"It's kind of like if you have racked up 50 speeding tickets, but you're challenging all of them and it takes three years for it to go through the court system. If you get another speeding ticket, the police can't call you a repeat offender because none of these previous ones have been finalized yet," Monforton said.
Some of the appeals center around minor, common infractions: Performance Coal Company, the Massey subsidiary that runs Upper Big Branch, continues to dispute a $305 fine for excessive accumulation of combustible materials in January 2007.
Others, however, are more serious: The largest fines Performance Coal have faced there came this January, when federal officials filed two penalties totaling more than $136,000 for not developing or following a proper ventilation plan.
It's clear that companies are focusing their appeals on the costlier fines. In 2009, companies protested roughly two-thirds of the $141 million in penalties assessed by federal regulators. A backlog of some 82,000 violations and $210 million in contested penalties is pending before a review commission.
Appeals can drag on for years. AP's analysis showed that 36 percent of the more than 500 violations faced by Performance Coal in 2007 remain in dispute.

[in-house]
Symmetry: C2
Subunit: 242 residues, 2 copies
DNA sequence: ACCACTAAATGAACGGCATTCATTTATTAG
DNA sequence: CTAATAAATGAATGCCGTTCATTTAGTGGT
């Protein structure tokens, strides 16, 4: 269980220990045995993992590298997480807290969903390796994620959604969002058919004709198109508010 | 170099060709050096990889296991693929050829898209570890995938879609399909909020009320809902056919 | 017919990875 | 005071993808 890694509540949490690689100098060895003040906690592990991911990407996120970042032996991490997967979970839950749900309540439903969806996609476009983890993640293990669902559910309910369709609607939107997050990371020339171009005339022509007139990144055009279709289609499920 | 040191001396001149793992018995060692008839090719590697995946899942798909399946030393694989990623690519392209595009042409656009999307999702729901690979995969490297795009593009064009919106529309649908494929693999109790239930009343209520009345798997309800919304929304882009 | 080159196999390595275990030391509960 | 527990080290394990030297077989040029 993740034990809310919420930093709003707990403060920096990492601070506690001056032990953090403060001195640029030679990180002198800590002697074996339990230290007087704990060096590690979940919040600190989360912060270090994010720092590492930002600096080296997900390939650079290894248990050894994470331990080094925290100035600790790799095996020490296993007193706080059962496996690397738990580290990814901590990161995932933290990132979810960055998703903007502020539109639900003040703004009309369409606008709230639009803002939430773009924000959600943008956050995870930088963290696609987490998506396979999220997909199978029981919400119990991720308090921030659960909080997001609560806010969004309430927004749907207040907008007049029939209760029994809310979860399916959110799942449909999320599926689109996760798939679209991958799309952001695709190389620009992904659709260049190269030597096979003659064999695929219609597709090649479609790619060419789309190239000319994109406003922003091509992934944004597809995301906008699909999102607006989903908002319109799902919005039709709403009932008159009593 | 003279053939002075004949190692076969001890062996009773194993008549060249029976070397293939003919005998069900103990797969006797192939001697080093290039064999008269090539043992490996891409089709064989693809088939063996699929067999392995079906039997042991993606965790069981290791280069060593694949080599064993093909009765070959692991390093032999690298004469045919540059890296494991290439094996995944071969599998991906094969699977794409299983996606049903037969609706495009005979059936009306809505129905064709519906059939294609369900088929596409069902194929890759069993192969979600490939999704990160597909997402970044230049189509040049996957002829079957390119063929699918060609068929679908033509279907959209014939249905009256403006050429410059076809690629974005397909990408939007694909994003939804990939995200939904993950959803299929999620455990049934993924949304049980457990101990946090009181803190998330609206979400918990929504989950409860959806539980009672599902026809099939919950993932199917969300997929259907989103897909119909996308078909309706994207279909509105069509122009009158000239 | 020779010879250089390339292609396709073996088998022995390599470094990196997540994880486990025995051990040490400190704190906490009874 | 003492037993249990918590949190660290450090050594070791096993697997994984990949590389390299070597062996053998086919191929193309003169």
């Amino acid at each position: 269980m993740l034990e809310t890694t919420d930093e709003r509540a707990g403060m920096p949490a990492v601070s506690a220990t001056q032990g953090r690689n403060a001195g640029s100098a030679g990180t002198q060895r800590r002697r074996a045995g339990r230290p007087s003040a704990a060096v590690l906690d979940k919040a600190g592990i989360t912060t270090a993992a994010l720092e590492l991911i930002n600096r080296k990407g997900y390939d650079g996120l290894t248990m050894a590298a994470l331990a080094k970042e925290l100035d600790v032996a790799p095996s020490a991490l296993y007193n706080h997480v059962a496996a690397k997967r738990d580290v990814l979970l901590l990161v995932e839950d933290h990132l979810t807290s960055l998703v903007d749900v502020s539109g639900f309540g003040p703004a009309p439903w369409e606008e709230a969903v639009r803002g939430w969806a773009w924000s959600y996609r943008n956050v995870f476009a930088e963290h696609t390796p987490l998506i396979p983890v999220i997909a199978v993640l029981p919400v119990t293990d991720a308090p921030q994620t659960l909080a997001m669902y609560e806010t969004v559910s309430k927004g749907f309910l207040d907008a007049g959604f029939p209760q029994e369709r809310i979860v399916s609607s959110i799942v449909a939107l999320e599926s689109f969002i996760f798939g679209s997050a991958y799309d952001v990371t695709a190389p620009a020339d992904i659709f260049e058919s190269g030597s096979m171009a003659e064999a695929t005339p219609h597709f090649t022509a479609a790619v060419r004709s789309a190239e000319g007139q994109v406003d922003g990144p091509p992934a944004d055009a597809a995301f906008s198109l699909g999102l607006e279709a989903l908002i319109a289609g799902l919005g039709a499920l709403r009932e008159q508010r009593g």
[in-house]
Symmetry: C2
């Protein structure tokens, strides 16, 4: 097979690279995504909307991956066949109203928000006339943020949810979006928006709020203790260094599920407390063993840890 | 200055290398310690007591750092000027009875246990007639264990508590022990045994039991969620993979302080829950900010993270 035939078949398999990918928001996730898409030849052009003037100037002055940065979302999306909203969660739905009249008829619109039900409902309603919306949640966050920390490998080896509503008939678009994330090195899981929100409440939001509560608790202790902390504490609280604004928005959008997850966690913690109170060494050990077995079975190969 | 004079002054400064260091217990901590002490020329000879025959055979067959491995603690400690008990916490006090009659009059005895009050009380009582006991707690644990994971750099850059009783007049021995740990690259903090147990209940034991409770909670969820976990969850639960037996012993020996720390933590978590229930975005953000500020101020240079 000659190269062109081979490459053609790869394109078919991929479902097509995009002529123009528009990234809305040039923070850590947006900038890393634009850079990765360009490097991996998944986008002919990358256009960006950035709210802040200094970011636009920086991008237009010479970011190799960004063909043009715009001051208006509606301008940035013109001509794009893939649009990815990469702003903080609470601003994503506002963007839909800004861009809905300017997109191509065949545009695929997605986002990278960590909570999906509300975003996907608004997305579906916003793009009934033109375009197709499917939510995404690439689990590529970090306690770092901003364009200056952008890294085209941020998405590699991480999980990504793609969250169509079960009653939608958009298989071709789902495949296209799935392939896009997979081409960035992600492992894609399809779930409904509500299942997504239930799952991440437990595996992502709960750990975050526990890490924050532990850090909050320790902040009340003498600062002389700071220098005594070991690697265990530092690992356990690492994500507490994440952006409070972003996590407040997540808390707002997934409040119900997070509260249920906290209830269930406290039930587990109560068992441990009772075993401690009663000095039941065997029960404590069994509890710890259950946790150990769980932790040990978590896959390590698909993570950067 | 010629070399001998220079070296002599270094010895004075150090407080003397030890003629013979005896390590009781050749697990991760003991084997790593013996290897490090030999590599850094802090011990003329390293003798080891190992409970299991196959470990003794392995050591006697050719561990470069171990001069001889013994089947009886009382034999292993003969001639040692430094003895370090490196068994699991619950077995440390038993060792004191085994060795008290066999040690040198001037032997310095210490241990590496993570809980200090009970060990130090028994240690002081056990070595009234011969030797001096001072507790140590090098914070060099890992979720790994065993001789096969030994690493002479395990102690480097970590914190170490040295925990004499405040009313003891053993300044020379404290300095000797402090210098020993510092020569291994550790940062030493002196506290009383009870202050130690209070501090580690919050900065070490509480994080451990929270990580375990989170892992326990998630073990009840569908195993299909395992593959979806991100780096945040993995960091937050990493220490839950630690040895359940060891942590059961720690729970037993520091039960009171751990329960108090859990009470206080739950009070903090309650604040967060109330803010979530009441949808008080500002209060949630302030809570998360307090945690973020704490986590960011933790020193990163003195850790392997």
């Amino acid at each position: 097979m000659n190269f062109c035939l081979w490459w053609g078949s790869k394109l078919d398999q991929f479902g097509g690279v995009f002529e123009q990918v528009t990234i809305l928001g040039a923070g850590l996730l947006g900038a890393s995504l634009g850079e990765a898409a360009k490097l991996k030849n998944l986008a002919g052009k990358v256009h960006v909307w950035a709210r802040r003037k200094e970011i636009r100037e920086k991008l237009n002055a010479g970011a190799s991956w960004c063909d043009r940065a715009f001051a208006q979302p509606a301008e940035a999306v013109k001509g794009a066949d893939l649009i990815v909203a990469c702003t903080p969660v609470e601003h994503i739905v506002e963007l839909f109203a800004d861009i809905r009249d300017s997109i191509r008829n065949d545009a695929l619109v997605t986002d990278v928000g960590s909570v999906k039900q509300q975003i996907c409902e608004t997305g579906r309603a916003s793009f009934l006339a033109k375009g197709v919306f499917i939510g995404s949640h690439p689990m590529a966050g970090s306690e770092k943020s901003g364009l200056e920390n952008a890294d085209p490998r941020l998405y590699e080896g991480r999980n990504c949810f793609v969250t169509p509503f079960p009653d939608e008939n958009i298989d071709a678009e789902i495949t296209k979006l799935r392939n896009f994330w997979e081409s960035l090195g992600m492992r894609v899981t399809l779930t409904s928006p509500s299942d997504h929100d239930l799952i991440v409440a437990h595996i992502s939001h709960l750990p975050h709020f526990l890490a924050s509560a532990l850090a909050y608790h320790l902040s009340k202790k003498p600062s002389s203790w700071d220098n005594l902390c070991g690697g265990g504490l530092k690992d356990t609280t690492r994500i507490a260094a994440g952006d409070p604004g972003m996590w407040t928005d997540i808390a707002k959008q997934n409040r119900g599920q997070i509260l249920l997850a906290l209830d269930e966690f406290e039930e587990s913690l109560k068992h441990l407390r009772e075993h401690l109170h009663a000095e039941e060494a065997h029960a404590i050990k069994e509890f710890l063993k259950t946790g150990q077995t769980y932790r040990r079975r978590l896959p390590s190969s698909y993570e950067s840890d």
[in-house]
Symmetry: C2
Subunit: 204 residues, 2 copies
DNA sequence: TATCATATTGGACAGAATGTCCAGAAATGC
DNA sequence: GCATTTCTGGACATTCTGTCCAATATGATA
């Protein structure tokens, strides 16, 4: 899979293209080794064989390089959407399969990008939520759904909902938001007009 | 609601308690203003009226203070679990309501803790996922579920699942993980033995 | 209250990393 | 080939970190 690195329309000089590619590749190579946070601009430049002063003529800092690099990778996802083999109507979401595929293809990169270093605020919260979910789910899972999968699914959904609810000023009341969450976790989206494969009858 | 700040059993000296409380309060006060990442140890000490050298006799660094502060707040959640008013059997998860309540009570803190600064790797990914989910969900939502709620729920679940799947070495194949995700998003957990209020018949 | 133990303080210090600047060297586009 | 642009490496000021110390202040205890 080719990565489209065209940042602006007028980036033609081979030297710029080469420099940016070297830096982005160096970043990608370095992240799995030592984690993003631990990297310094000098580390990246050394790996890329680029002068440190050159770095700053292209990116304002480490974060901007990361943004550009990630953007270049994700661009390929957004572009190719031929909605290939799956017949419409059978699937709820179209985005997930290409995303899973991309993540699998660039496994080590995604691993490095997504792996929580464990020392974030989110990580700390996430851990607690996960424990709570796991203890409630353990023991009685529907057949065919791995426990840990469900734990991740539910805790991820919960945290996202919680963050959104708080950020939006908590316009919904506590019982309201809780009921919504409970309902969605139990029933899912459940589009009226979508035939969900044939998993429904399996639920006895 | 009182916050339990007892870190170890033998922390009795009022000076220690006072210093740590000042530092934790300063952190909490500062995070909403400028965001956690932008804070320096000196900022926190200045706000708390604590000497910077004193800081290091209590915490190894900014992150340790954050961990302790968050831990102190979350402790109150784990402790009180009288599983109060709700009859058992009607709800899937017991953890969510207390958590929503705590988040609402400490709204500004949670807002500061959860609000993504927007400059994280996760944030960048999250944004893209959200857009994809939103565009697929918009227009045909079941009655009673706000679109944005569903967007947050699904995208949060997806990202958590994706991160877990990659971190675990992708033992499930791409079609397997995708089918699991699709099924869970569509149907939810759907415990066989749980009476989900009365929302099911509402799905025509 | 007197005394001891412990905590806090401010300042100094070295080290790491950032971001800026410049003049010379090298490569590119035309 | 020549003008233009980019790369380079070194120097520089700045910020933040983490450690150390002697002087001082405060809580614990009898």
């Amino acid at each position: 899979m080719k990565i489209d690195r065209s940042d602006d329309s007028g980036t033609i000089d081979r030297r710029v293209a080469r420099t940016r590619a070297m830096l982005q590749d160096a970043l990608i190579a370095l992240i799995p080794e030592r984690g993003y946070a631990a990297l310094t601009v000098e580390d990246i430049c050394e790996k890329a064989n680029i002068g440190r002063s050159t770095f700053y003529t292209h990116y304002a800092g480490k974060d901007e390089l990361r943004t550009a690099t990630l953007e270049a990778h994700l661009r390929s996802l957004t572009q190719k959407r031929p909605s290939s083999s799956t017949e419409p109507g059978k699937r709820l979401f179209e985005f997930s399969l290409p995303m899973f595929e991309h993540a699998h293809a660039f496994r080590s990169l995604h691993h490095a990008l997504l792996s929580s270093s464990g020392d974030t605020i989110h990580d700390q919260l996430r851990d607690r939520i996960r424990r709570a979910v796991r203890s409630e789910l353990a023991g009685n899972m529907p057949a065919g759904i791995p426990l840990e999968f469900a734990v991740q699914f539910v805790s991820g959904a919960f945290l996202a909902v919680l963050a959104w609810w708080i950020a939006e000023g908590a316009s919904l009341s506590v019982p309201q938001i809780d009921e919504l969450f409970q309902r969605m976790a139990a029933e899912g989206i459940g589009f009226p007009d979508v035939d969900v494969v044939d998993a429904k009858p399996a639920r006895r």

The most serious offenses are deemed "significant and substantial" violations. Regulators consider the mine's history of those violations to determine whether it has a pattern of problems. If the operator can't reduce the number of violations, then MSHA can require the withdrawal of all miners from an area where significant violations have been cited.
Roughly 38 percent of Performance Coal's violations in the past three years have been labeled "significant and substantial." The company has protested two-thirds of them.
Dennis O'Dell, health and safety director for the United Mine Workers labor union, said while one problem may get fixed the companies are still able to repeat the lapse later without any recourse for safety officials to fix the trend. As a bonus, after years of appeals, mining firms are winning average reductions of 47 percent from the review process, he said. Upper Big Branch is a nonunion mine.
"If I'm an operator, why wouldn't I do it," O'Dell said. "But in the end, you've endangered miners lives because of it. It's not the right thing to do."